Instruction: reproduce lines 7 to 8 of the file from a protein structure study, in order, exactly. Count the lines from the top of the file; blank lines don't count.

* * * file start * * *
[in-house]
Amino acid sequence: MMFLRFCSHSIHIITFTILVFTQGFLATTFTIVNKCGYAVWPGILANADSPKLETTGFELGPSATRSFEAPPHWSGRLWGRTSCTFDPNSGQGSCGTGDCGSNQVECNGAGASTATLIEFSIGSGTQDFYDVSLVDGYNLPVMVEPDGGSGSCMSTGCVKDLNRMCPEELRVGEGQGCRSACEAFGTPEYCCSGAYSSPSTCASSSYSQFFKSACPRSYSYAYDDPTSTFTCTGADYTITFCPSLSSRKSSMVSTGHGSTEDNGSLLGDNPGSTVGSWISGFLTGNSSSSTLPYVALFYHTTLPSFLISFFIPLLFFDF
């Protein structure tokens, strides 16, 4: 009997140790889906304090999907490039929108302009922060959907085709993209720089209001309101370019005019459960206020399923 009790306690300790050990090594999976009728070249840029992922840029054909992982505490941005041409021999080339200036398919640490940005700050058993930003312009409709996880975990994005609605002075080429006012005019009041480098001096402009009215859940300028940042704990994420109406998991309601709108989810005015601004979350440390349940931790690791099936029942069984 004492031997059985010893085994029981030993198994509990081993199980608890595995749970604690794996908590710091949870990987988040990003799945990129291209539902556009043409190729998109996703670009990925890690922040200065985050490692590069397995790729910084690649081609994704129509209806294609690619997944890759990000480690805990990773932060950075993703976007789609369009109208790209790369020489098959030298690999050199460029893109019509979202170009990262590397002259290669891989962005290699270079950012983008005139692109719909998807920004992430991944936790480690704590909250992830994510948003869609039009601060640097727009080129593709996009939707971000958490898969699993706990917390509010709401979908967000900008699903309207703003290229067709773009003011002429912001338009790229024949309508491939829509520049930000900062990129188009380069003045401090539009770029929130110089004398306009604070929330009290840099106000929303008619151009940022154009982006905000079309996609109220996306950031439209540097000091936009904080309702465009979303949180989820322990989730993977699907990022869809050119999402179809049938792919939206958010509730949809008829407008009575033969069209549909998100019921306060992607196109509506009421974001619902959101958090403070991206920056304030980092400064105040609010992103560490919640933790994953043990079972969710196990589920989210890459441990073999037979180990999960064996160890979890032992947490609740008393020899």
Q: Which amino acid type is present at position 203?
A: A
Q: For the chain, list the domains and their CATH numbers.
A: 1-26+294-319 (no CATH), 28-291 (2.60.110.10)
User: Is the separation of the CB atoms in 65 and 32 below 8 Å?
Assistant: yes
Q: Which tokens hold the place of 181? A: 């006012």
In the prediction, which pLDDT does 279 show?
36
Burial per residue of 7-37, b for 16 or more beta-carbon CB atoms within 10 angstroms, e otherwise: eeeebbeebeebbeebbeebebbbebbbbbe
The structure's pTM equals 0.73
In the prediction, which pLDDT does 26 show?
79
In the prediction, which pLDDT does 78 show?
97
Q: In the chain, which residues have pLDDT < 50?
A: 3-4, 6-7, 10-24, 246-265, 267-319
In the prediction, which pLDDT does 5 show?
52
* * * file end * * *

A: 1-26+294-319 (no CATH), 28-291 (2.60.110.10)
User: Is the separation of the CB atoms in 65 and 32 below 8 Å?